Sign up with your email address to be the first to know about new products, VIP offers, blog features & more.

You are viewing Poetry

HARLEQUIN AND COLUMBINE

The war was over. My father was dead.

Judith was eight, I was four. Her father,

who survived the Camps, had come here like a ghost.

She and I played in the bushes at the flats.

Our game was hiding-from-the-Germans.

When it got too cold to play, I went

to the panto at Golders Green Hippodrome.

 

I cannot remember which story it was:

no doubt, Harlequin, aided by Clown,

seduced Columbine from Pierrot to Pantaloon’s

impotent rage;

share

THE PATH OF LIFE

‘The Path of Life’, the front covers of ‘The Haywain’ triptych by Hieronymous Bosch, circa 1500

 

A traveller, who looks permanently

the other way, cannot see the hanging

on a nearby hill and is about to step

on the first, cracked stone of a footbridge.

A journey is the oldest metaphor,

next to God. Christ, enthroned, transforms the lucent

angels, falling, into winged plagues.

And the next metaphor. Hell’s ceaseless,

all accommodating horrors are almost

more than image.

share

THE CURE OF FOLLY

‘The Cure of Folly’ by Hieronymous Bosch, circa 1490

 

Here is a cure for madness. The patient,

stupid with pain, credulity or

the random gaze of the mad, the distraught, looks

in our direction. He is being trepanned.

The surgeon, having pierced the shaved skull,

looks modestly away. A monk with a jug

of wine or of water and a nun

with a closed book gesture to the consultant

as if to say, “Thus perish all follies”.

share

GARDEN OF EARTHLY DELIGHTS

The left, centre and right panels of the tryptch, ‘Garden of Earthly Delights’, by Hieronymous Bosch circa 1510

 

Paradise flocks. Christ is blessing Adam, Eve

and, looking our way, us. We know, we

know – but a dirty trick to make evil

interesting! Lords and ladies teem: nude

armies on sensual manoeuvres.

In the nightmare, penis becomes knife, vulva

a cracked, open egg on tree-like legs –

and a man, elbow on the cut-away edge,

is unmoved.

share

ENCOUNTERS WITH HISTORY

In the Hall of Mirrors, many decades

ago, an elderly German couple

asked me to take their photo. I thought of

quoting Heinrich Heine, “’Aus meinem Grossen

Schwerzen, Mach ich die Kleinen Lieder’” –

‘Out of my great sorrows Make I little songs’ –

but weltanschauung trumped chutzpah. I took it.

 

Though the Sun King himself built out of town,

the myth of the metropolis persists.

The city dreams. The world journeys elsewhere

in places too remote for my atlas –

like Belzec,

share

POPPY DAY

Newly returned from Helmand, almost intact,

the Regiment stands to in scattered rain.

City dignatories and citizen privates

remember. They sing: ‘Where, Grave, thy victory?’

The Bishop blesses them all. A boy whimpers.

 

Old men, straight-backed, march singly into town,

medals jingling like choices. November wind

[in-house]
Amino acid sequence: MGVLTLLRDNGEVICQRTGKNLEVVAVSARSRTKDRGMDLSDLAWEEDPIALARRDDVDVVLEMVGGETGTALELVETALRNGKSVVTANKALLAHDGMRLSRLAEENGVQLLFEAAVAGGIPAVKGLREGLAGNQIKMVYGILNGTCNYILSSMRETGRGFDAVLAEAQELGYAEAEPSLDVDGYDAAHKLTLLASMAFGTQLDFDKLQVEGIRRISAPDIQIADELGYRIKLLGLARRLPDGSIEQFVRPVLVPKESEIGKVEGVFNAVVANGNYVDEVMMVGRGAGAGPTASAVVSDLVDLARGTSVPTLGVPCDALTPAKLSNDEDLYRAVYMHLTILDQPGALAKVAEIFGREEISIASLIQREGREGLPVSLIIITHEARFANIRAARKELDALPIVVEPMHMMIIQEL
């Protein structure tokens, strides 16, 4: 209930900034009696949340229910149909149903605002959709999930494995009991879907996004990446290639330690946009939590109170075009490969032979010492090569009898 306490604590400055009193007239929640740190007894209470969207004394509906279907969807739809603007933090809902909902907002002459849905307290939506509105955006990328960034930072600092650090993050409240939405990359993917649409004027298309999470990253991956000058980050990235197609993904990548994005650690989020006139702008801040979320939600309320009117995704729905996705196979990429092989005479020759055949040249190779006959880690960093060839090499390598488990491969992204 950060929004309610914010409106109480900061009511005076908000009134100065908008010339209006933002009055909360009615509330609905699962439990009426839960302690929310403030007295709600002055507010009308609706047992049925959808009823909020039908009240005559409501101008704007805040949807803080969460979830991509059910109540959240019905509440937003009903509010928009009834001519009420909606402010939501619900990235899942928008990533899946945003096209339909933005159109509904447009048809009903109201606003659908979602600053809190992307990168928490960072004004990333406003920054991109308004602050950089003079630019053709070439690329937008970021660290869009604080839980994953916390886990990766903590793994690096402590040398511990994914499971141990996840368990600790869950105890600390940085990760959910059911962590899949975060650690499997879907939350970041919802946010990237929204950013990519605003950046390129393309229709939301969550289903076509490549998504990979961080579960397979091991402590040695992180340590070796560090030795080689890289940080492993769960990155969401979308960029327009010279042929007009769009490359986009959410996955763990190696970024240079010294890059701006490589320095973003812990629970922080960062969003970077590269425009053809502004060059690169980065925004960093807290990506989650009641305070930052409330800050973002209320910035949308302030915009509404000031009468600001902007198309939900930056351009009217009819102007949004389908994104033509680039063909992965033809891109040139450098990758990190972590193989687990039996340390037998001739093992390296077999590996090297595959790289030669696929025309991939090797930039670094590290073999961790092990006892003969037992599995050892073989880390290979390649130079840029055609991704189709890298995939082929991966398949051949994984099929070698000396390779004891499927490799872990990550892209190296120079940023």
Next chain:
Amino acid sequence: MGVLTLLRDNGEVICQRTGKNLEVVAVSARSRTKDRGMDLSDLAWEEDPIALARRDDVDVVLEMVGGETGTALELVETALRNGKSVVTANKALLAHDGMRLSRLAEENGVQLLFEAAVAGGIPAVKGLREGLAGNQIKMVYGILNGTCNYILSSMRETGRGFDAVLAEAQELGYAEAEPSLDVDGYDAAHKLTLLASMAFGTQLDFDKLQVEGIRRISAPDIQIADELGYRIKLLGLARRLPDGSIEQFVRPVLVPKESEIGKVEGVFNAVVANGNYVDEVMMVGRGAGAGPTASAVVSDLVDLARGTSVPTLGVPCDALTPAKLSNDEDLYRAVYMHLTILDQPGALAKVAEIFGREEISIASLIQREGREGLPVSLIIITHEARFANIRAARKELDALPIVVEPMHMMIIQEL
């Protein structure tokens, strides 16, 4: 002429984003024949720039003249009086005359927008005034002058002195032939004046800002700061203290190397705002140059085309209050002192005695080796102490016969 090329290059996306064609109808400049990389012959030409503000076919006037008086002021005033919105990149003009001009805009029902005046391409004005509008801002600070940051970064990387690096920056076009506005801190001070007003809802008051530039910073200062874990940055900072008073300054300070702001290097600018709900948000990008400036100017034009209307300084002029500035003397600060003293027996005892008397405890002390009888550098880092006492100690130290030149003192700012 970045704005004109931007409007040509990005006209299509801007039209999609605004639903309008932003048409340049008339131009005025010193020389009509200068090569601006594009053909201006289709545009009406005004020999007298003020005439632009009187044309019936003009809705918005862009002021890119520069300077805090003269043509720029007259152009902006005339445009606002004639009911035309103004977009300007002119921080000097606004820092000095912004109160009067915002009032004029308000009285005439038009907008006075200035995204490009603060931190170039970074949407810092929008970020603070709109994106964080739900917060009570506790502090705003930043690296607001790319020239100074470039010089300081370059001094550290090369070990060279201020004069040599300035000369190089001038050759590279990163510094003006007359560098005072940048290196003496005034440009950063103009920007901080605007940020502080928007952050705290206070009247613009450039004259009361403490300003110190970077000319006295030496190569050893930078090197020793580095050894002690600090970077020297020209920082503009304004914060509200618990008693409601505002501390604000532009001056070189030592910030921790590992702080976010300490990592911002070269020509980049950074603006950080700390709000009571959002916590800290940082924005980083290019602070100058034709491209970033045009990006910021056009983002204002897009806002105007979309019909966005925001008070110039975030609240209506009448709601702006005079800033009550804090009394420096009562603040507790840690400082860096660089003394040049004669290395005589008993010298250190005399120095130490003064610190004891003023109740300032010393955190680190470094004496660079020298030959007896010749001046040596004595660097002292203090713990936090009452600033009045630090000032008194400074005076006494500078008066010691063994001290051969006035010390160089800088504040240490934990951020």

troubles the eye: remembering mates,

remembering merely being young, not dead

merely. This is a willing grief: forgetting

means that, for principle or custom,

death is merely dying,

share

NORTH WAZIRISTAN, INDIA, 1937

As he lay in a slit trench, in the dark,

next to the howitzer – smelling the gun oil

despite the cold, shivering despite

the army issue blanket and a tribesman’s

sheepskin tunic he’d bartered for – he thought

of tomorrow’s oven heat, turned, looked up.

Before he came to India, he’d never seen

so many stars. He’d eleven months to go

before his discharge – better counted that way

than in days or weeks. But maybe he’d sign on

for another tour.

share

JOHNSON’S WAR

‘This is not a jungle war but a struggle for freedom on every front of human activity.’

Lyndon B. Johnson, US President, 1963-1969

 

From the silent village on Hill 192,

a girl is torn by soldiers into

darkness and raped many times: discarded,

dead, with Coke cans and expensive shell cases.

All but one of the men shake the landscape

with her screams. Imagining her horror,

its hugeness, knowing its fear, he suffers,

saves it for somewhere of tomorrows,

share

A PLACE AND A NAME

Of the nine men in the photograph, eight

are soldiers, their boots as yet unblemished.

One of them cuts the ninth man’s hair and beard.

Though his prayer shawl is trailing on the ground,

his waistcoat is firmly fastened, watch chain

still in place. He is standing stolidly

as in a queue. His eyes only we see.

He looks through the lens with – not fear – contempt.

The burning of children, of millions deceives.

‘If I forget thee, O Jerusalem…’

 

share

THE CITIZENS’ ARMY

Dawn on the auto route and the surprise

of place names: Thiepval, Bapaume – Kitchener’s

nonchalant, Citizens’ Army rising,

at breakfast time, to walk unwaveringly

into the cross-wires of machine gun sights.

 

The First World War dead of Sharp Street, Hull,

have their own memorial – enamel

on tinplate behind glass with French, Haig,

Foch and Beatty like seraphs at its corners.

 

Through Flanders, there is a danse macabre:

graveyards are laid out like city streets,

share